HAVANA TIMES — I started asking myself this question three years ago. I was in Central Park in Old Havana, seated a few yards from the place where many people, mostly men, gather to argue about baseball, soccer and volleyball – or about Michael Jackson’s death at that particular time.
A couple of tourists passed by and asked if I spoke English so that I could explain to them what was happening. What to us was a lively discussion about sports was — in their eyes — a raging quarrel that at any moment could explode into bloodshed.
It took me a couple of minutes to explain the situation, in English. In the end they smiled at me thankfully but the woman did something that surprised me: She pulled a bar of soap out of her purse and gave it to me as a gift.
That wasn’t the first time I had received a gift from a foreigner. Actually, now that I think about it, most of my clothes have been given to me by foreign friends or Cubans who live abroad.
But that was the first time I felt like some starving beggar. Why did this woman think that she should give me a bar of soap?
I think it started in the ‘90s, during the Special Period crisis, when everything was desperately welcomed: from a tube of toothpaste to a pair of shoes.
I heard or read an anecdote about a Cuban woman who wrote that she didn’t have any sanitary pads, and a European woman sent her an exaggerated amount of packets. The Cuban was a writer and she had written a fictional story…fiction based on harsh reality.
In the ‘90s, we Cubans used pieces of cloth during menstruation, and we washed them so that they could be reused.
With the official end of that period, we should have left behind any reliance on what some foreigner might give us. Likewise, they should have stopped looking at us like the starving poor who barely survive on their salaries and have to sacrifice to buy a bar of soap.
Four months ago, a Jamaican friend was about to come here to Cuba on a visit, so she asked me what I wanted her to bring me. Although I only asked for a USB flash drive, she insisted that I ask for anything I might need, without being shy: clothes, shoes, food, soap or whatever.
I asked if she would make the same offer to a Canadian friend, if she were traveling to Canada. She responded by saying yes, explaining that a Canadian friend might ask for some special type of tea, spices or something like that.
But would an adult Canadian university graduate have to ask for a flash drive, clothes, shoes or even deodorant? I don’t have an answer to that question. I don’t know how a grown female college graduate lives in Canada.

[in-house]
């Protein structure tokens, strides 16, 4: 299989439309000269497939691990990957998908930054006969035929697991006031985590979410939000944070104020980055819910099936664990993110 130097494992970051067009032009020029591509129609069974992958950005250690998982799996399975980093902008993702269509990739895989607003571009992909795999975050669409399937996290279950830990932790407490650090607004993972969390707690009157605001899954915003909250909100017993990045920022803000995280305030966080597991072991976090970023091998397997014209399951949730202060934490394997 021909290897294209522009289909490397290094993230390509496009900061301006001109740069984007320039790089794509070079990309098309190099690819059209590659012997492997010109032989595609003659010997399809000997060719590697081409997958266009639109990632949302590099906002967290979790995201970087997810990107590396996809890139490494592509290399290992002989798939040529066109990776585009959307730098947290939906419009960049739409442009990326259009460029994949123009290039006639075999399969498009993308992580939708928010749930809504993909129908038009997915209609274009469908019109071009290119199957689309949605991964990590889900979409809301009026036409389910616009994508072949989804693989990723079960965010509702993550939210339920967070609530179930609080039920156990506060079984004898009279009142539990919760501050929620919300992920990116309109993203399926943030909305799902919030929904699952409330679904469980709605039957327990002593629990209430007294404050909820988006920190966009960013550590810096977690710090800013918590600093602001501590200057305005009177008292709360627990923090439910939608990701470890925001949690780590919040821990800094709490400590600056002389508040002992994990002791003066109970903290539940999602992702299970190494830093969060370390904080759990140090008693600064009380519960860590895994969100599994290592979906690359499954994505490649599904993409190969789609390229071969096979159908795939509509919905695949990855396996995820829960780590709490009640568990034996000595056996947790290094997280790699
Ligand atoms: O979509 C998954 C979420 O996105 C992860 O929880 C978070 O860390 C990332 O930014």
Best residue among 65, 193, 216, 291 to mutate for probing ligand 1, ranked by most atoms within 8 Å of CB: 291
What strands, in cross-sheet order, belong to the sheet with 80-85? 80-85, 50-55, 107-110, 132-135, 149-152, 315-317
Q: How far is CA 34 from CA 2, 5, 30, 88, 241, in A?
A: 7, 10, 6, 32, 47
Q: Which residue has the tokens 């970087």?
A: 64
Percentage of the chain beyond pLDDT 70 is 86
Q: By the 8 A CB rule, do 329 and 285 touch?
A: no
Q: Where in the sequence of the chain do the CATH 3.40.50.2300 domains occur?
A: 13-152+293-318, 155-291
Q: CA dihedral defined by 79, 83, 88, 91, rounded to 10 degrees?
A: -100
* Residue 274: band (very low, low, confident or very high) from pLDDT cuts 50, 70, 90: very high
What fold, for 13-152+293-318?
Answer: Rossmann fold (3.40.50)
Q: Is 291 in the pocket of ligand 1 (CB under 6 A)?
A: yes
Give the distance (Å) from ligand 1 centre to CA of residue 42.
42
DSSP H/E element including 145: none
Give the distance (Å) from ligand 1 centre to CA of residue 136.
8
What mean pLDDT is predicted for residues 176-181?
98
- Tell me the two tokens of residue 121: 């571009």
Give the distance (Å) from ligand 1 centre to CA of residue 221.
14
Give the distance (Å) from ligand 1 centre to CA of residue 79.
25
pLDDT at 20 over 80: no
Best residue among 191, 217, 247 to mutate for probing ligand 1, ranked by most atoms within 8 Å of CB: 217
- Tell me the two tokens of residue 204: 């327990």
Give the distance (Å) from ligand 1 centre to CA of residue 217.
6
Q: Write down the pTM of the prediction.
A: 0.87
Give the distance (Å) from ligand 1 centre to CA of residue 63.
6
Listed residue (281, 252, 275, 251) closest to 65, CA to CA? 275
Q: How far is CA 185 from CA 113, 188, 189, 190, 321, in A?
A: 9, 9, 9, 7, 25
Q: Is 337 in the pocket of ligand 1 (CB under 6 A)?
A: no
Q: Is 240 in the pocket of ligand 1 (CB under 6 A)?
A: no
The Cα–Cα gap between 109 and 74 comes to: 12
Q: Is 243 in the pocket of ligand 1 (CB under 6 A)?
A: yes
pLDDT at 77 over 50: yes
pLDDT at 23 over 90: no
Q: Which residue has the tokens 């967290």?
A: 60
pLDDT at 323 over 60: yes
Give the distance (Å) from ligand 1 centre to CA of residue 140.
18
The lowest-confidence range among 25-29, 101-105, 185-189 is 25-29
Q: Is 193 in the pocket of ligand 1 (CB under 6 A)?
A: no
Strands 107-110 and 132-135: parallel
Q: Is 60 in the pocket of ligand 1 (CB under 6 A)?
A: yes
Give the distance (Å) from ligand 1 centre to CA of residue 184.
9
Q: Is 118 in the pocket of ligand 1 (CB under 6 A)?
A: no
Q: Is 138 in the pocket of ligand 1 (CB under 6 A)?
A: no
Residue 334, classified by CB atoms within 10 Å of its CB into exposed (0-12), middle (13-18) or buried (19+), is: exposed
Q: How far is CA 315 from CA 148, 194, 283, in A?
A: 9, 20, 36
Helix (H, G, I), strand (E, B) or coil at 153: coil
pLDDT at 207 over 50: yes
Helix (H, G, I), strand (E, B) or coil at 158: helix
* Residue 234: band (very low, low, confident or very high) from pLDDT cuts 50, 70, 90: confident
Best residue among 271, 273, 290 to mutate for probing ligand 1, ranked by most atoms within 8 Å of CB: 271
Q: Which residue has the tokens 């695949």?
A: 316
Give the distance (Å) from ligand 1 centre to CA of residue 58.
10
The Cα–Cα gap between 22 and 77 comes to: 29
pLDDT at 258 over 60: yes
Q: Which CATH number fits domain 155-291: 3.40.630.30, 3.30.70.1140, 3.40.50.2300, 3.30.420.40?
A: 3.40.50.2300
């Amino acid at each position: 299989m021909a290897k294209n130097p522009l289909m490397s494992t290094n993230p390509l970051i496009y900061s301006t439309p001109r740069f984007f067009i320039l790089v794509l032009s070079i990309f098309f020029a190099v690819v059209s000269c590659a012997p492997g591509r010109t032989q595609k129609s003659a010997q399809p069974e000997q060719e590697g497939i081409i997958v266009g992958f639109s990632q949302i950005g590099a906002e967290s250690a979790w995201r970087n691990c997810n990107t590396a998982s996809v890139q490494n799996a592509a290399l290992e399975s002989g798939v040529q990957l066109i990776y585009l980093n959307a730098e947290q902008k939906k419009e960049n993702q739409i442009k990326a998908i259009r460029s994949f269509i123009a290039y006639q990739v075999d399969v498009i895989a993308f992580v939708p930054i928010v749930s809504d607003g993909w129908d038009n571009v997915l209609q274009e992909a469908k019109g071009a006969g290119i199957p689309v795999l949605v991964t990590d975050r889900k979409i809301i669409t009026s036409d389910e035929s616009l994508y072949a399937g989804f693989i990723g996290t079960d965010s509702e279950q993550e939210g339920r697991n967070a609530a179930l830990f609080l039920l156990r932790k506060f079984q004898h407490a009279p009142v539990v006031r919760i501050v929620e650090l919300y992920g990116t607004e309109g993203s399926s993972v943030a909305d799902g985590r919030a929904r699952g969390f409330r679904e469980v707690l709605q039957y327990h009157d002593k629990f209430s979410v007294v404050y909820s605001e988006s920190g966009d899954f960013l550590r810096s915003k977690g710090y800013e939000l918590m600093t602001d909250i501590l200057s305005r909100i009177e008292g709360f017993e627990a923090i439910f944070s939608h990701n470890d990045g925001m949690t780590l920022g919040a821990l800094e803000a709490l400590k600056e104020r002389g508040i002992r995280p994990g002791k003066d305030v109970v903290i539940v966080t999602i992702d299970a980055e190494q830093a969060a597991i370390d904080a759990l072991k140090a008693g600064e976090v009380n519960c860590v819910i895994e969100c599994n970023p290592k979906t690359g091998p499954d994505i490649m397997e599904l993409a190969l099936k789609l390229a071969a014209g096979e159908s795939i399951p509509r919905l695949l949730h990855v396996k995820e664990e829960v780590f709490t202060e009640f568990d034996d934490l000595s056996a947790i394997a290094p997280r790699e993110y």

When I finally saw my friend at the hotel where she was staying, I was introduced to a group of her friends, who to my surprise had also brought gifts for me.
How did I feel, standing before the warm and sincere faces of those women who, inadvertently, gave me a cold shower in my own underdevelopment, stripping me of the little dignity I had left that morning?
I hadn’t mentioned a small incident that had happened a half hour earlier, when I got in the hotel elevator with my friend and the security guard made me feel like a potential criminal. Perhaps that expression is exaggerated – hell, maybe the whole thing was in my mind.
When I explained to him the circumstances (my friend didn’t know that I wasn’t supposed to go up to her room without paying or without a special permit, and I didn’t know that she wanted to take me up to her room), the guard was very polite. He only called his supervisor as part of the hotel regulations, because they had seen me on the camera. The manager was also very friendly.
Feeling like I’m a potential criminal is still a conditioned reflex. Just four years ago we Cubans couldn’t go into hotels without feeling we’re being watched, that we’re out of place.
Now we can even stay in hotels (those who can afford it), which is to say that officially we aren’t second class citizens in our own country. Still, it’s hard to get used to the new status.
Back to the question: How did I feel standing there in front my friend and her gift-bearing friends? I can only say that what came to mind were those times when my parents and all the adults around me would say, “Study to be someone in life, so you don’t have to depend on anybody.”
My whole generation was brought up with that idea. Now I receive my basic necessities from the hands of foreigners, including people from developing countries who aren’t rich but are able to bring me things I can’t afford.
How did I feel? Tremendously grateful. Fortunate and extremely grateful.
So, did you think that I accepted the bar of soap from that woman who was from who knows what English-speaking country? Of course I did. I smothered the incipient attack on my dignity in seconds. It was a luxury I couldn’t afford.